Technical Memorandum Report No. 61
Reginald H.F. Young, Estelle Shiroma, John Demetriou, Darryl E. Wong, and Susan Artman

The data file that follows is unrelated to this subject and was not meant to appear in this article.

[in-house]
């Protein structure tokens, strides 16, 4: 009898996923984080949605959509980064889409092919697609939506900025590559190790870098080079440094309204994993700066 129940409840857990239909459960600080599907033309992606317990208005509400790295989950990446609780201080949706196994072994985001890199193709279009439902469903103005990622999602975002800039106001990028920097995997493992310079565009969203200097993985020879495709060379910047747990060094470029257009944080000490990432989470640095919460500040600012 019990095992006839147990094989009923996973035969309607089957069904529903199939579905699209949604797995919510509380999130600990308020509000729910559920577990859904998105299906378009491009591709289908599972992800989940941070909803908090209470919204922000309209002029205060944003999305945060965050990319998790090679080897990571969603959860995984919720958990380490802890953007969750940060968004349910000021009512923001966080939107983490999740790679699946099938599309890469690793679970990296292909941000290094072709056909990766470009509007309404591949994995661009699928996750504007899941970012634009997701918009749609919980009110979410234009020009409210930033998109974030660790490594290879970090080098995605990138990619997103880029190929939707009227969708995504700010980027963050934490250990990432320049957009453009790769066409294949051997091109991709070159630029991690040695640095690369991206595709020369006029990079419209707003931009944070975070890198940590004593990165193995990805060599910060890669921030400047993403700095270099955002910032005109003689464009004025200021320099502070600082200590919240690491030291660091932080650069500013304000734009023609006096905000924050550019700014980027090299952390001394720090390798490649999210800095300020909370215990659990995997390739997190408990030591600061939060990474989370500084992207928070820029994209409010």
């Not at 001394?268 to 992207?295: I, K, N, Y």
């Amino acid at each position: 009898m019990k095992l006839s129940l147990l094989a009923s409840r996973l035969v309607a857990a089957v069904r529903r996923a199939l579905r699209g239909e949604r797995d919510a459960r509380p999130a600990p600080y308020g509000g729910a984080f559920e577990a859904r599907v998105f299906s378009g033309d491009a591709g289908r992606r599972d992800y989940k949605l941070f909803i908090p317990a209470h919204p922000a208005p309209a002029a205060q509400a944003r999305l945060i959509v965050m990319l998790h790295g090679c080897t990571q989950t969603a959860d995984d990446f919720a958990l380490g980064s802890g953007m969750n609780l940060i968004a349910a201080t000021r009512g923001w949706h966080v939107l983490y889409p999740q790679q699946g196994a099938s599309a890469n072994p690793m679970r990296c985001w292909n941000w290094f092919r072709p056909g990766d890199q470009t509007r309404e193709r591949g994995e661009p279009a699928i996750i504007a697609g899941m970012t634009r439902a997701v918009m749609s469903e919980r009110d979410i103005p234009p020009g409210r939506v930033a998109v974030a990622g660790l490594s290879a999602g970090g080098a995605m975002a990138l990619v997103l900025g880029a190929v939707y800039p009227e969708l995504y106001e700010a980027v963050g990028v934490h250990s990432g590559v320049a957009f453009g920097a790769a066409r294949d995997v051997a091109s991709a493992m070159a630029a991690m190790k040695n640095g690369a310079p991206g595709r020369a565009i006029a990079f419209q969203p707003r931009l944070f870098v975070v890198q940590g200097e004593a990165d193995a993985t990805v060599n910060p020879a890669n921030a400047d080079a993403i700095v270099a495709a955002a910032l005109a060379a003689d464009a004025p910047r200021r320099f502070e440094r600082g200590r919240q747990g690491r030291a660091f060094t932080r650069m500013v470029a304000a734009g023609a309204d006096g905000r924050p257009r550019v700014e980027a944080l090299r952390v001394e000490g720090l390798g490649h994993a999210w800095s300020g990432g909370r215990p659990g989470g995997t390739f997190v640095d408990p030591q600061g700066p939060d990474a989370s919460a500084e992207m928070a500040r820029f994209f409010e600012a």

Quarterly samples of Waipahu Incinerator quench water and Sand Island and Honouliuli waste water were analyzed for heavy metals and chlorinated hydrocarbons. Semiannual sediment samples from the old and new Sand Island ocean outfall sites were also examined for both classes of toxicants. A few supplemental samples of both waste waters were examined for EPA designated priority pollutants as part of the City and County of Honalulu effort to obtain a waiver of secondary treatment requirements for major waste water discharges. Based on the results of this work, there appears to be no significant or alarming levels of the examined substances in the waste waters or sediments compared to data from the literature or from other Hawaiian waste waters and sediments. All monthly monitoring of polychlorinated biphenyls (PCB) in the Sand Island discharge yielded values below detection limits. Thus, this discharge permit requirement is being satisfied. Project staff also assisted with on-the-job training of city laboratory personnel in the techniques necessary for heavy metals and chlorinated hydrocarbon analyses. Twenty-four flow-weighted composites were collected for the analysis of pesticides, metals, and base-neutral extractable compounds. Grab samples were collected for the determination of phenols, cyanides, and volatile organics. Volatile organics were not detectable by gas chromatography and further analysis by mass spectrometer was not performed. Acid extractable compounds (phenols) were not detected in all waste waters (less than 0.l ug/l). Only a few base-neutral extractables were detected. The only pesticides detected were dieldrin in the Mokapu and Waianae effluents and demeton in the Waianae effluent. The level of heavy metals detected was not considered significant compared to existing environmental criteria. Cyanides were, if present, below detection limits. Total phenols were not detected, except in the Sand Island sample at 6 ug/l. Overall, the levels of priority pollutants were extremely low as expected.